I read an article over the weekend how a local dog owner paired his prized, but aging Lab with a new retriever puppy. Now, I’m not a hunter nor a dog trainer, but recognize the leadership qualities that can be applied to product management from the example in the article.
In the article, Jim Martin states, “An older dog can put you well ahead of the game in teaching a pup.” “He has seen his older dog teach his young dog how to mark birds, retrieve and even stand up on its hind legs to pick up scent.”
As a senior product manager, do you offer your experiences in how to “mark, retrieve and pick up the scent” of product management activities to new or inexperienced product managers?
If you’ve been with a company for some time, you should understand the goals of the company (picked up the scent), what’s expected and how product management executes with precision (mark and retrieve). When you offer your experiences to someone else, you’ll be surprised what you might learn.
Some years ago, I was working with a young product management team. One person was classically trained and another had been a sales engineer and in professional services before transitioning into product management. While I was senior to both, I learned a great deal about operational metrics from one and innovative market discovery techniques from the other.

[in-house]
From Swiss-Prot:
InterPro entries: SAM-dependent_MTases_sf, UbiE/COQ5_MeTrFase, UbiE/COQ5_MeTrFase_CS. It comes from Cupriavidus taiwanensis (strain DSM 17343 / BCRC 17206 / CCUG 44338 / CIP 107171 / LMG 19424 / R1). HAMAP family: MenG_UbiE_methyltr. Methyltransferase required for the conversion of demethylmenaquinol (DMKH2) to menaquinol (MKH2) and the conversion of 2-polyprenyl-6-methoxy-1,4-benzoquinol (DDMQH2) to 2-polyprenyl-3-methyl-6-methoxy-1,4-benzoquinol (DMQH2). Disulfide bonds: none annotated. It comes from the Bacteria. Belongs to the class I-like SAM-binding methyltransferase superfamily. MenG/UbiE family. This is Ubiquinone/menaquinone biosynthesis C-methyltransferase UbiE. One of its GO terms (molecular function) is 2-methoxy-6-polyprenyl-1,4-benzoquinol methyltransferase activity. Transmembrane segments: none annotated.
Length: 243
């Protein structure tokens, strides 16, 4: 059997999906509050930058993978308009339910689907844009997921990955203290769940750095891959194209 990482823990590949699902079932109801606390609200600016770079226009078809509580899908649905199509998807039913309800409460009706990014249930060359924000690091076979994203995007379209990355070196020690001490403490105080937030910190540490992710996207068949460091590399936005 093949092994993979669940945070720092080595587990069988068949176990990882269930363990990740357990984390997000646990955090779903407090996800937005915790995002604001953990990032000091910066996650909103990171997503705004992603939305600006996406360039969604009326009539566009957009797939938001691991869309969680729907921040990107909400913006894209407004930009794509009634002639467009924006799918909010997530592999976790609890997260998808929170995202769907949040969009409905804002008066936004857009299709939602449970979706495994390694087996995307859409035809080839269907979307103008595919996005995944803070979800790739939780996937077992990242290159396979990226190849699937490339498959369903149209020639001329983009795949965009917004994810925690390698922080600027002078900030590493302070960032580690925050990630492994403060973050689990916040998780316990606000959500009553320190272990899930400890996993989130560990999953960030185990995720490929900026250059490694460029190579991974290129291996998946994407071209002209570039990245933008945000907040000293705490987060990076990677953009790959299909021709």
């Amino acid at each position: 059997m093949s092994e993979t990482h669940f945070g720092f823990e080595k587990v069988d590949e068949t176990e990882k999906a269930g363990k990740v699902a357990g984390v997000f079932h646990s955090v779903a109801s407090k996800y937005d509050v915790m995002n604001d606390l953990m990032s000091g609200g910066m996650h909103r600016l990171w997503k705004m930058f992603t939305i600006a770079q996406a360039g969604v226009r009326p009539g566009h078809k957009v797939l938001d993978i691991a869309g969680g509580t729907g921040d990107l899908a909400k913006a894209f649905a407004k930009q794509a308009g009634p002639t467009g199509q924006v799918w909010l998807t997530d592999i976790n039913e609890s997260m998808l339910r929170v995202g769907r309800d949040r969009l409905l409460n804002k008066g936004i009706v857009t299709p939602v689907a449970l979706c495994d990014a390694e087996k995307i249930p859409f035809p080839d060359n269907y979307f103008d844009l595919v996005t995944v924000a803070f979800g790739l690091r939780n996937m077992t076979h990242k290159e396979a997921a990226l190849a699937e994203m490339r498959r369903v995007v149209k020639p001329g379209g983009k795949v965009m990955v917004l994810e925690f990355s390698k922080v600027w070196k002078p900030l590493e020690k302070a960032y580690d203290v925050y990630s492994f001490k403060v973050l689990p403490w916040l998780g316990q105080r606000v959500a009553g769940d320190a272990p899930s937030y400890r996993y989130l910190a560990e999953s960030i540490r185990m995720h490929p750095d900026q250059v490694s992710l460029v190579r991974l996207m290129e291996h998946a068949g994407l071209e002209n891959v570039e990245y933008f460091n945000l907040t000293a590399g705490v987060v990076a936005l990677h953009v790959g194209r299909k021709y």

As a product management leader, do you assess and know the capabilities of each of your product manager both young and older? Do you know their strengths and challenges and who has the best skills and capabilities to partner with a “young pup”? If not, you need to establish a regular plan of understanding where you identify, review and measure the success of each person and their capabilities.
In the article, the writer shared, “Of course, you have to watch everything the old dog teaches the pup.” As a product management leader have you observed the knowledge, actions, methods and implementation of the experienced members of your team, or do you “hope or trust” they know what they are doing?
Product management leadership is an active, engaging role that’s not all about the tactical implementation of activities or the strategic execution of methods. It’s about establishing expectations with your team, orchestrating and aligning skills to manage key processes, monitoring and communicating success and evolving the skills of your team using the talents and experience of the “old dogs and young pups.”
I encourage you as I do myself to continuously review yourself, your team and the expectations of the company. By doing so, you’ll find there’s a wealth of capability and success.